The concept behind the Tryx is a compact camera that can be held and manipulated in different ways for different shooting situations.
The frame of the camera body swings free and can be held like a camcorder with a flip-out LCD. The frame itself can be a kind of tripod.
The whole thing is about 0.59 inches thick, and it's extremely light and slim in the hand. On first impression, it almost looks like a toy. The frame is relatively thin, but handling it the camera felt solid. It starts to make sense when you hold it like a camcorder. The Tryx allows for a left or right grip of the frame, and it feels more stabilized than holding a traditional point-and-shoot to record video.
Aside from the obvious, Casio's got a few interesting things going on inside the Tryx. It has a 12.1 megapixel BSI CMOS sensor, which could potentially boost performance in low light situations. There's an in-camera HDR mode that digitally processes to create one image with an HDR look. The Tryx is capable of recording 1080 HD videos at 30 fps and high-speed video at reduced resolution and 240 fps.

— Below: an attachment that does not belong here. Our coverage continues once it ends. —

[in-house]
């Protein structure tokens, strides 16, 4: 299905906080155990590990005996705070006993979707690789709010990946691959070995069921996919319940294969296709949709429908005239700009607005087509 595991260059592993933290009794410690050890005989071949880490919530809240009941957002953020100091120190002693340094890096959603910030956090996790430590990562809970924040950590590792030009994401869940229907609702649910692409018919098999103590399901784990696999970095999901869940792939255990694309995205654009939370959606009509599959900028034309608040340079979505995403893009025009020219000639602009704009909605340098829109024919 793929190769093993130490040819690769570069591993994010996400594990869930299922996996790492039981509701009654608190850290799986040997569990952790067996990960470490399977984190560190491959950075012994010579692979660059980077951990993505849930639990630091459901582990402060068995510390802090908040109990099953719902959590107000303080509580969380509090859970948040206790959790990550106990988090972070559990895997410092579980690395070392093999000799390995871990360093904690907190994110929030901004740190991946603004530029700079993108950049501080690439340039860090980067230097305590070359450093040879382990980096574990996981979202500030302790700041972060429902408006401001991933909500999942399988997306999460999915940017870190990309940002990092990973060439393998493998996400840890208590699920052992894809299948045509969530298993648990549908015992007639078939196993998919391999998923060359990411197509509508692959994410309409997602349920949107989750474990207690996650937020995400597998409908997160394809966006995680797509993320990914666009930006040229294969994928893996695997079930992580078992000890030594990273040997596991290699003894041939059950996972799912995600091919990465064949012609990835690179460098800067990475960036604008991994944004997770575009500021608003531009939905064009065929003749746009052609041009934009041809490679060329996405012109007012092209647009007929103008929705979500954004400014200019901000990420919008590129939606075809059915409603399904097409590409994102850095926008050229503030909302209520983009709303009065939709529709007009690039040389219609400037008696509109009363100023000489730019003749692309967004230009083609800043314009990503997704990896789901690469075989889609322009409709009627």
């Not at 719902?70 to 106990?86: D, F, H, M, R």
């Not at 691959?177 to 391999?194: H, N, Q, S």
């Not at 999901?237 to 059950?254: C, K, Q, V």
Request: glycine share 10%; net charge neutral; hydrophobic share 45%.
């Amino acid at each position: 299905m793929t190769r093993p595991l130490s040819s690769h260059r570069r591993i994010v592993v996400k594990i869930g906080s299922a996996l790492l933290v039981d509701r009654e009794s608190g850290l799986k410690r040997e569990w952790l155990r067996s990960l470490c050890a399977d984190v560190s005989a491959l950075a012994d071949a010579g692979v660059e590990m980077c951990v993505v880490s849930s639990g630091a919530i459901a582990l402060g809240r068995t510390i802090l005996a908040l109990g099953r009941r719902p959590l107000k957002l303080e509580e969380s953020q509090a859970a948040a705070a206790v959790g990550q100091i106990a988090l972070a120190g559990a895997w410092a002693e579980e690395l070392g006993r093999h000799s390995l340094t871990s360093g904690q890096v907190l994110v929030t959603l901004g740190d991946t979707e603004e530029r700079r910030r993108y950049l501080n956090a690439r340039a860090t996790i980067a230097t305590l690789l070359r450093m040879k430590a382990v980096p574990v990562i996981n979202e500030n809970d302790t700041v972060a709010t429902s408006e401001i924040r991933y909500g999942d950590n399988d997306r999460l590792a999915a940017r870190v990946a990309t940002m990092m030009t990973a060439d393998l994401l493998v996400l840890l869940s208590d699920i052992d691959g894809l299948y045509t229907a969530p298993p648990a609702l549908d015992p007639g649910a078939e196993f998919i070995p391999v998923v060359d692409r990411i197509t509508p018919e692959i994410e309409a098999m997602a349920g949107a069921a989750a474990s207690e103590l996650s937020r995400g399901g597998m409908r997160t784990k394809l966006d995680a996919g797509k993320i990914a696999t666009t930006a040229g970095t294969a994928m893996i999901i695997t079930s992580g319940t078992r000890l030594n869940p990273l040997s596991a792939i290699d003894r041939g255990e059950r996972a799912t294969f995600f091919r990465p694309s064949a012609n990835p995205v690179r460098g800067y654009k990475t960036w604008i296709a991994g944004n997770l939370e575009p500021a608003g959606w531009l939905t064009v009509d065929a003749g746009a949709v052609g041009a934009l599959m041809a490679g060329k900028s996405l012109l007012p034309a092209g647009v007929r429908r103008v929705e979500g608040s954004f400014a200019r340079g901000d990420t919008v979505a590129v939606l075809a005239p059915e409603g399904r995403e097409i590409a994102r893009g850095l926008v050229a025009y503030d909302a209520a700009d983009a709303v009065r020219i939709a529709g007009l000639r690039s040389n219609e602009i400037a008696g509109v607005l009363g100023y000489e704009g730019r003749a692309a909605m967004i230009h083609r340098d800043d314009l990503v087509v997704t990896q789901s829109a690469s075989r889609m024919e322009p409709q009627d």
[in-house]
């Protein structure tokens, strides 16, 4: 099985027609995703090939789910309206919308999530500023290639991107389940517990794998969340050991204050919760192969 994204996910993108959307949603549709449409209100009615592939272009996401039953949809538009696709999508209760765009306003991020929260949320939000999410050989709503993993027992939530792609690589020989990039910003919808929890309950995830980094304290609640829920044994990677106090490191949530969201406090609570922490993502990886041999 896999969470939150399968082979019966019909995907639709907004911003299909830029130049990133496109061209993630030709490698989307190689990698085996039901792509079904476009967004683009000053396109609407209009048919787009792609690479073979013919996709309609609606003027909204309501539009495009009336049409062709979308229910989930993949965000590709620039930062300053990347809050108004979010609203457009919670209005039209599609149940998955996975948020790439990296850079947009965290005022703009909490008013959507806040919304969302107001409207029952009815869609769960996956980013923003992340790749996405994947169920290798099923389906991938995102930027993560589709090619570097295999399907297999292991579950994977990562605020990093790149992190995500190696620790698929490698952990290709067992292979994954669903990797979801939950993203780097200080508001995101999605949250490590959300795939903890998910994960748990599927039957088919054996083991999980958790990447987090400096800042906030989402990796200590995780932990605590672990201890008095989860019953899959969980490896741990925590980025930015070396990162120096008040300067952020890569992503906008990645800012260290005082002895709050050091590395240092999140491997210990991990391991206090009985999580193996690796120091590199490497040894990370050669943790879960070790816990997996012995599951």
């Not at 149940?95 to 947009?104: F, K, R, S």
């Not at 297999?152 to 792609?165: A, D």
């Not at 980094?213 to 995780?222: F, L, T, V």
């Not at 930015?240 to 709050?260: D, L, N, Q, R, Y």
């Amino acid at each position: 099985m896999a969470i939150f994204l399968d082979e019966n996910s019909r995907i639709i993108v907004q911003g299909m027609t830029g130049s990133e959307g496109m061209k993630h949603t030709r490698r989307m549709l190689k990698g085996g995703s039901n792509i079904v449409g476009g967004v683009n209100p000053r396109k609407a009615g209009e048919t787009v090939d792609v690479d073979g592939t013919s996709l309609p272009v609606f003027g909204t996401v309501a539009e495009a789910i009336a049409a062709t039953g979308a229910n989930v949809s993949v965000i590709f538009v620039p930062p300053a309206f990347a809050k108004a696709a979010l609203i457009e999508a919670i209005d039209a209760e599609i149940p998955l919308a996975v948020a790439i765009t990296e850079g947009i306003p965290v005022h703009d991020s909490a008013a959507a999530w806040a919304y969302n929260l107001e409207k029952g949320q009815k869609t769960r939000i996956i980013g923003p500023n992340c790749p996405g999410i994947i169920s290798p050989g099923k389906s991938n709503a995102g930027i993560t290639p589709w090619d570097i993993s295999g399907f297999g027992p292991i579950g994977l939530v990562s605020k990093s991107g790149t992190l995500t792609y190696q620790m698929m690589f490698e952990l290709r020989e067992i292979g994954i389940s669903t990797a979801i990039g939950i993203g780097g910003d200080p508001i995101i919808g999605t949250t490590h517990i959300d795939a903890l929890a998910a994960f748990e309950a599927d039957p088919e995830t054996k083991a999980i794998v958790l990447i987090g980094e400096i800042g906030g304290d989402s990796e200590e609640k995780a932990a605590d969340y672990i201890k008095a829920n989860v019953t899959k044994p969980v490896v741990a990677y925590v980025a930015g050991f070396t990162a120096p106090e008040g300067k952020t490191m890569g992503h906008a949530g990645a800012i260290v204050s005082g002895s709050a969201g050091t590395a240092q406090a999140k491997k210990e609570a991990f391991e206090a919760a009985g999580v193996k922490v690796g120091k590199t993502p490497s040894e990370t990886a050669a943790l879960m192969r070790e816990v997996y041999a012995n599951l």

We weren't allowed to photograph the UI since it wasn't finalized. The touch screen is compact with just two slender buttons to the side. There's an elongated shutter button and an on/off switch. Digital zoom can be operated on screen. The Tryx's fixed focal length lens has a maximum aperture of f/2.8.
We'll be interested to see how well it catches on with consumers. Once you understand how the camera moves and what the applications are, it seems appealing. Will the lack of an optical zoom be a turn off, or will consumers who snapped up zoom-less Flip cams look past that and see it as a versatile still and video shooter? And for a slim point-and-shoot loaded with HD video, the price isn't bad either.